Become Debt-Free in Five Years
Yes, indeed, you can become debt-free in five years! You need to restructure your budget, reevaluate your financial priorities, make sacrifices, and, above all, stay committed to your plan. This article contains invaluable advice on how you can become debt-free in five years.
by Carina Zaragoza
I know, after reading the title of this article, you are probably thinking, "There's no way I can get out of debt completely in five years. Get outta here with that nonsense. I have bills to pay." Well, as crazy as it might sound, it is possible. As a matter of fact, thinking this is an impossible feat is a sure way to fail. However, getting out of debt in five years will require patience, commitment, and consistency. You will have to restructure the way you pay bills, reevaluate your financial priorities, make sacrifices, and, above all, buckle down and do it now. Procrastination is no way to start your journey toward financial freedom. Read on for some pointers on becoming debt free in five years.
The first step anyone should take is consolidating any outstanding federal student loans. Visit EdFed Consolidation for more details. Federal student loan consolidation is easy and fast and carries many benefits. There is no credit check required and no fees. Consolidating federal student loans will automatically give you a fixed interest rate for the life of the loan. You'll only have one lender to pay and one monthly payment. You will be given a longer repayment term, which will lower your monthly payments. And as there is no early repayment penalty, you can send in larger payments each month to pay the loan off that much faster. Or you can use the extra money you save to pay off other debt. Read on for more on this get-out-of-debt-fast strategy.
Start by tackling the easiest debts to pay off. Mortgages and car loans and other such biggies can be put on the back burner for a while because getting the easier debts out of the way first will free up money to deal with the biggies.
So start with credit cards. What you can do is consolidate your credit card debt using balance transfer offers. See "Consolidating Debt" for more information on this. Here is a hypothetical example. Let's say you have two cards with the following monthly payments:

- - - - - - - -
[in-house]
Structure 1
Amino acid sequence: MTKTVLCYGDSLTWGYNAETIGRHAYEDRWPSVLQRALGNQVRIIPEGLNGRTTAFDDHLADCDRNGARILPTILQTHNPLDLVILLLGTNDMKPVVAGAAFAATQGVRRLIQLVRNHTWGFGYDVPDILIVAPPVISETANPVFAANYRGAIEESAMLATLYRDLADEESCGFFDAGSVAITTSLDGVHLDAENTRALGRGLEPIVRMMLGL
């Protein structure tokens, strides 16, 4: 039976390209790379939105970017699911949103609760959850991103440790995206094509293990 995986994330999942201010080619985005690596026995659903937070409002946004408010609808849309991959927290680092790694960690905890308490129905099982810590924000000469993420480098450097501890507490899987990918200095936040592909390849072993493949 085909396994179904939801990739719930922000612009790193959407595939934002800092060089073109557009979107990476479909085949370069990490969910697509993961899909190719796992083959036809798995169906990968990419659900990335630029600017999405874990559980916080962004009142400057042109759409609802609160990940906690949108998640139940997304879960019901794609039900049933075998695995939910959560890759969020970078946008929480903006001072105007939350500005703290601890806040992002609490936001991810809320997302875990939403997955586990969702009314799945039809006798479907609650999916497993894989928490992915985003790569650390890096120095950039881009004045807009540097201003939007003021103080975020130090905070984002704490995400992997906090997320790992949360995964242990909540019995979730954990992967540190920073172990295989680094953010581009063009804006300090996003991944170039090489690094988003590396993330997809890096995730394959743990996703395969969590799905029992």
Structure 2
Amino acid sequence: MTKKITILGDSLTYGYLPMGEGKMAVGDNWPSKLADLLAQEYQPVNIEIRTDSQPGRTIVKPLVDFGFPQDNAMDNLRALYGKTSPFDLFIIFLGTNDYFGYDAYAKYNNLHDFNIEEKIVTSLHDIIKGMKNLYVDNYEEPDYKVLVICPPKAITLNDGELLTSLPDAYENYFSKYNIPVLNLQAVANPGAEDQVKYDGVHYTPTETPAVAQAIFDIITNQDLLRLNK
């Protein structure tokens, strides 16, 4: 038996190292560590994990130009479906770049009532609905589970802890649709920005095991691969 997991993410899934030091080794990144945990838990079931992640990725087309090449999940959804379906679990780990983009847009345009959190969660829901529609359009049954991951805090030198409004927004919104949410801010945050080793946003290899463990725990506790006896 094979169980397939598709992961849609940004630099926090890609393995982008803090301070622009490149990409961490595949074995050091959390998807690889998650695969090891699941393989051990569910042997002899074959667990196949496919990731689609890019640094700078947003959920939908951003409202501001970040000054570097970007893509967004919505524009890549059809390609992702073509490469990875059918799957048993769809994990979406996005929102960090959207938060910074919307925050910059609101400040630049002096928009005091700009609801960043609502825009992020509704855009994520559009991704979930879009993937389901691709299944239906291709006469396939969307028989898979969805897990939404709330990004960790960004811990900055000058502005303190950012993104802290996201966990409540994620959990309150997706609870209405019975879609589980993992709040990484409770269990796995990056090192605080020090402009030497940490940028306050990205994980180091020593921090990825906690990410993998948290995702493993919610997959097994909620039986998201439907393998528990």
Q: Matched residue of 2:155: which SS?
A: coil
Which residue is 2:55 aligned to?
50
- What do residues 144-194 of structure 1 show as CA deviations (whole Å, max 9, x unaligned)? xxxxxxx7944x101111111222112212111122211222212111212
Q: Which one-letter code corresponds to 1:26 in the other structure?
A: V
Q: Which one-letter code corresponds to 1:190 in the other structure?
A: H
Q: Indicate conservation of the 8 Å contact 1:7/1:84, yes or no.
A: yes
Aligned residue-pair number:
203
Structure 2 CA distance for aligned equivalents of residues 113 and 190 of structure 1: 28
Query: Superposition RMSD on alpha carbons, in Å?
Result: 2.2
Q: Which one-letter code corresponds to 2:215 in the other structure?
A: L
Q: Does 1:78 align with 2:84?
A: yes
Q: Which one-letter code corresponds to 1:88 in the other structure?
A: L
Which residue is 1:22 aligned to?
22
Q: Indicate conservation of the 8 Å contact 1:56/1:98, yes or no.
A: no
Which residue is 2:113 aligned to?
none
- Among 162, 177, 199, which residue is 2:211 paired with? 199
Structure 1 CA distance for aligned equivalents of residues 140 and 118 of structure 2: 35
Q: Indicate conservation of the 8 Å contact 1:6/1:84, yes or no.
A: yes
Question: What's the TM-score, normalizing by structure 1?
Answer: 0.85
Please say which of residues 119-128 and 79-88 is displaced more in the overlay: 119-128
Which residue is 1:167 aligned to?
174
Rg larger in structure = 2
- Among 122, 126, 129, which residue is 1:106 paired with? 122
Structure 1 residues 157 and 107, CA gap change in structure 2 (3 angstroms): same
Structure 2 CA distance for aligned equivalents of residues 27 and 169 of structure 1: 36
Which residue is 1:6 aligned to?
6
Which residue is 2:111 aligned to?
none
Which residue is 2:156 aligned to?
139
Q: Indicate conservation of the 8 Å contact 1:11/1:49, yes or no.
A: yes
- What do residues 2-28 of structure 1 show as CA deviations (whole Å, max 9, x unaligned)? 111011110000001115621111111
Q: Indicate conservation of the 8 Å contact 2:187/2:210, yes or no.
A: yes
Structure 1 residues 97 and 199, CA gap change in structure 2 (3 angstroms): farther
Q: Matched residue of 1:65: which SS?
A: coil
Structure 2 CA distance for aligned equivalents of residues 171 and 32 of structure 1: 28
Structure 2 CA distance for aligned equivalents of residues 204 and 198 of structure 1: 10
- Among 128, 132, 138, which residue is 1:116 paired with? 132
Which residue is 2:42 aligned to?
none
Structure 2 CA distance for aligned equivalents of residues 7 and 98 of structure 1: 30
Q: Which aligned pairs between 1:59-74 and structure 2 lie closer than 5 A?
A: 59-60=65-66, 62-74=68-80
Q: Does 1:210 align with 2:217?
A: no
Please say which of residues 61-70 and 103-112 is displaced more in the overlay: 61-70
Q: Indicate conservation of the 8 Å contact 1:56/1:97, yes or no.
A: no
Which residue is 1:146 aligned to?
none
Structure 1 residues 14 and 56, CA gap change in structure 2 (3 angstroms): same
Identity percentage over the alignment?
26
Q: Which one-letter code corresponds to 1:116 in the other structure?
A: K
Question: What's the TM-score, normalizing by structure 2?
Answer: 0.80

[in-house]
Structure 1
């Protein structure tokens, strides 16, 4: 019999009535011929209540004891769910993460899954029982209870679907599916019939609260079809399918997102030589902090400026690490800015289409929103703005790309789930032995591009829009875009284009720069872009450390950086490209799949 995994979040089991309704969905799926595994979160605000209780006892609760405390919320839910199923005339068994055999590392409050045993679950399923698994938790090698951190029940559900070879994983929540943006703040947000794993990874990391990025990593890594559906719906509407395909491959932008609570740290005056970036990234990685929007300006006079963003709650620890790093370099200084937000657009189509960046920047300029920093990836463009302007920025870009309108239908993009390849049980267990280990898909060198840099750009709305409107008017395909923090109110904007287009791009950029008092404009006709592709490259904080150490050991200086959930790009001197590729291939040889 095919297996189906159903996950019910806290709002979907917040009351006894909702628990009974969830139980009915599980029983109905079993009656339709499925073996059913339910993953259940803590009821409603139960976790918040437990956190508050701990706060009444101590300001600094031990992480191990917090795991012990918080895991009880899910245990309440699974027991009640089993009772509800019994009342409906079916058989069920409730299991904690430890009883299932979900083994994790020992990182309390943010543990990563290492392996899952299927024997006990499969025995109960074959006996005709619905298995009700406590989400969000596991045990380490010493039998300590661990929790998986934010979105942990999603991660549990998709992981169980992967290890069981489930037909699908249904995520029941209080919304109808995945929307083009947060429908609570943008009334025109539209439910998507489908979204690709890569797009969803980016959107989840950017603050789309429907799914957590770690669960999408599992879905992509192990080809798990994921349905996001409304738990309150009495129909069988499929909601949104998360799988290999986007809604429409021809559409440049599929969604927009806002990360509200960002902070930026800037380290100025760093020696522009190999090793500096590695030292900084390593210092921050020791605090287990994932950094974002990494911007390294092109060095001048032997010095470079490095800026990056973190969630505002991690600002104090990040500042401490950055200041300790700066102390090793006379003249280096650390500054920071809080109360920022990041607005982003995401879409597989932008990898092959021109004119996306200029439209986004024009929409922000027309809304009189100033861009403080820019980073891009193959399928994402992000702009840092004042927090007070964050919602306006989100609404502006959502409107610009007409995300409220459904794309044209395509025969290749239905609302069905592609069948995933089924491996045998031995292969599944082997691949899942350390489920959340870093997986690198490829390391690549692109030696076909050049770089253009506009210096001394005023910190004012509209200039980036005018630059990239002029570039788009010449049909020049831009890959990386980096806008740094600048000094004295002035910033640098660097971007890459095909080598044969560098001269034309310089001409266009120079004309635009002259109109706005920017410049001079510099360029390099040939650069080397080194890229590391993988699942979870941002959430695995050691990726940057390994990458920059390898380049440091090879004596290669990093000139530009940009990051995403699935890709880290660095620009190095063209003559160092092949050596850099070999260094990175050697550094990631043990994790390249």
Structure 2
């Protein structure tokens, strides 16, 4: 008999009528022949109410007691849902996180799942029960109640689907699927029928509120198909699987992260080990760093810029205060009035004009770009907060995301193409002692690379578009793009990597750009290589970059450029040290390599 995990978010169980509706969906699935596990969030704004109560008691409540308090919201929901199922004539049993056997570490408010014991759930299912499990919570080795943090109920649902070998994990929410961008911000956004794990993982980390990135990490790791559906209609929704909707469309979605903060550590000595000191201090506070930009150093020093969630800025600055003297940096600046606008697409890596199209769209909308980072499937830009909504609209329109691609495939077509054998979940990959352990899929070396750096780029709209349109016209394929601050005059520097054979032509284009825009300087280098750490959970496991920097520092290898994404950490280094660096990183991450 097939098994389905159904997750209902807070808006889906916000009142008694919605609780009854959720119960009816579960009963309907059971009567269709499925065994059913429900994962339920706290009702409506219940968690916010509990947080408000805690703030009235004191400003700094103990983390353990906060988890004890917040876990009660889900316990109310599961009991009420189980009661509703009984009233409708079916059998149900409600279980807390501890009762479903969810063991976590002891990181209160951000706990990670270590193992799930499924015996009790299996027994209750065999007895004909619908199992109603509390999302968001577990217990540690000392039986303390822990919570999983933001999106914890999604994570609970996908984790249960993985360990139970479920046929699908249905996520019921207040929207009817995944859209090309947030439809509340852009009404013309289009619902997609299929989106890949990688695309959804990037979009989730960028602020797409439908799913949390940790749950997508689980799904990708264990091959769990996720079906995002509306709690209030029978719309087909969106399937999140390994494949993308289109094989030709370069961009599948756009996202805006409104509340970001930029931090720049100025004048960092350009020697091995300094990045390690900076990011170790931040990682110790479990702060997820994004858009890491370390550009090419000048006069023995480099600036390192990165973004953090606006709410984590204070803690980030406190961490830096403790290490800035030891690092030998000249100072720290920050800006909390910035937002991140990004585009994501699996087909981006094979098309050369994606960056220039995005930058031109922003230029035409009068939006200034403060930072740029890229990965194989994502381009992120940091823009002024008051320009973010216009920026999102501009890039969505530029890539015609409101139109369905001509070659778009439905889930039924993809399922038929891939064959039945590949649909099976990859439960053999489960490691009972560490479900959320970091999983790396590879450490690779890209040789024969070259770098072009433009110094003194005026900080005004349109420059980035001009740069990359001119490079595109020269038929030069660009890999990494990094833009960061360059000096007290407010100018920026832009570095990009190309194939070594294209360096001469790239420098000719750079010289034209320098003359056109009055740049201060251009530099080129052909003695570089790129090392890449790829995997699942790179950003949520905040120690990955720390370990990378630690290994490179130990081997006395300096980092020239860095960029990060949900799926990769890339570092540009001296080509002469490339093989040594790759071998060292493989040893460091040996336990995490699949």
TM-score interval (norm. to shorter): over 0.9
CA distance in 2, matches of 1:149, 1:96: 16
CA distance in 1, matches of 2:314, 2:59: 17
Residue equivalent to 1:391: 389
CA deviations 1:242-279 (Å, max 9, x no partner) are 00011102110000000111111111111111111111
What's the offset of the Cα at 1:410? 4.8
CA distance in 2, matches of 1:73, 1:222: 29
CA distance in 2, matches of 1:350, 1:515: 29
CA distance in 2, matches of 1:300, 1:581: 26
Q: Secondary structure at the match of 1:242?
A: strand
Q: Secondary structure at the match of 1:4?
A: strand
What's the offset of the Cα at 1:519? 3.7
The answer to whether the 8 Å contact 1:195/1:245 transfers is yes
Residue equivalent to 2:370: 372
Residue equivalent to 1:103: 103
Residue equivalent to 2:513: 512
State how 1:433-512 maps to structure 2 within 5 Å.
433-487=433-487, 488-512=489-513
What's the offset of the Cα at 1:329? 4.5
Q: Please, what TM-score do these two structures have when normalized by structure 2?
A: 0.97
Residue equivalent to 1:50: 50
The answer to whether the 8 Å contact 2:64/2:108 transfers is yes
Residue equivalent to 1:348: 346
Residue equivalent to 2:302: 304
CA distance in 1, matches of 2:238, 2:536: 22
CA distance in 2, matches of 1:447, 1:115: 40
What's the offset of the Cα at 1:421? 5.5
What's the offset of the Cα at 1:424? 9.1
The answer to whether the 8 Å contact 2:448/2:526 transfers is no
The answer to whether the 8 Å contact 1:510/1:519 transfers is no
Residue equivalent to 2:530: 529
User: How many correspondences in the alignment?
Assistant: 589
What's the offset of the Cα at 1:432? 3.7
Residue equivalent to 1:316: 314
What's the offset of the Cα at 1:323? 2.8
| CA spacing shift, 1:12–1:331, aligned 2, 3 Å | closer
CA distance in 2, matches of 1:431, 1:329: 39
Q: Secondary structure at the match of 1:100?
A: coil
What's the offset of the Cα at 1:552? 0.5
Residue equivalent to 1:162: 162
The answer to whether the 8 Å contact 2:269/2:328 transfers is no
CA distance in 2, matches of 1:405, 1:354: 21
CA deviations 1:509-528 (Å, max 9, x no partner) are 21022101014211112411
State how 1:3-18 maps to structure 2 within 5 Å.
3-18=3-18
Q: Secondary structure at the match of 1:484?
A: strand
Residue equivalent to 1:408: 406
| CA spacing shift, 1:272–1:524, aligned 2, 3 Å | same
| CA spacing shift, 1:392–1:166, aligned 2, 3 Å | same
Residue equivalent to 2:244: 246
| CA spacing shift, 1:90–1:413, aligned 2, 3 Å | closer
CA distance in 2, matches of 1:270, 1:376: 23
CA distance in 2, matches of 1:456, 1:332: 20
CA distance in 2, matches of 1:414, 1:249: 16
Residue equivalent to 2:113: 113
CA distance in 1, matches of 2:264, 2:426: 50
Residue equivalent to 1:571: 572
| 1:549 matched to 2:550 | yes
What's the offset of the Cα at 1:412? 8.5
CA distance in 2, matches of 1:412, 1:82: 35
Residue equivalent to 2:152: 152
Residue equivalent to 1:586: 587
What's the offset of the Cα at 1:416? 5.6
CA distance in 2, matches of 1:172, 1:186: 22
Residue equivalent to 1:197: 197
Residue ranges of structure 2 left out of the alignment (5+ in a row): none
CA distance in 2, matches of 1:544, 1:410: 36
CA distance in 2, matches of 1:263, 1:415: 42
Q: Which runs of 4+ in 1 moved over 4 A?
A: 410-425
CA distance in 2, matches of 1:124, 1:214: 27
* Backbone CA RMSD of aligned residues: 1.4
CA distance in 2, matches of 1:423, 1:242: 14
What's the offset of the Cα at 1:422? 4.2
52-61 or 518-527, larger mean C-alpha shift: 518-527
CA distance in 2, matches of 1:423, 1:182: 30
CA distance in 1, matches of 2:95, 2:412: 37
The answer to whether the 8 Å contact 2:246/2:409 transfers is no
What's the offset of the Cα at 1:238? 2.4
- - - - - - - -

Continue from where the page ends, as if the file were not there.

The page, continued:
Credit Card 1: $150
Credit Card 2: $75
The total amount you should budget for these credit cards is $225. After making the initial payment, continue to devote $225 to these credit cards, as you are already used to not having this money to spend frivolously. Conversely, you can pay the minimum on the lowest interest rate card or lowest balance card and funnel more of the $225 to the card with the higher rate or balance. Once those balances are paid off, then you can use the entire $225 to make payments on the second card. Before you know it, your credit cards will be paid off.
This same strategy can be used for the biggies. Once your credit card debt is paid off, apply that $225 to another debt, such as a car loan or student loan payment. If your typical student loan payment is $175, then the added $225 will have you making a payment of $400! Theoretically, if you send in $400 a month towards a student loan in the amount of $20,000, you'll have paid off the loan in four years! See, it is possible to get out of debt in five years.
Once your student loans are paid off, work on the next major debt, such as your mortgage payment. The same principle applies. The money freed up from your student loan payments can be added to your mortgage payments. Remember, you've already learned how to live without this money. Put it to good use rather than going on a shopping spree. You'll have plenty of time, and money, for that once you become debt free in five years.
The important thing to remember is you absolutely, positively must stick to any plan you develop to get yourself out of debt. A strategy is only as good as your commitment to it. Good luck!
Article Title : Become Debt-Free in Five Years
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Education is one of the most basic right of any human, but with the increase in prices and the costs involved in education this has made these rights turn into a privilege which very few can enjoy. Any normal person today in the whole of United States has to take an education loan at one point of time to pay for their education fees.
If your monthly debt burden for your federal student loans collectively equals or exceeds 20% of your total monthly gross income, you likely will be eligible for forbearance on your consolidation loan.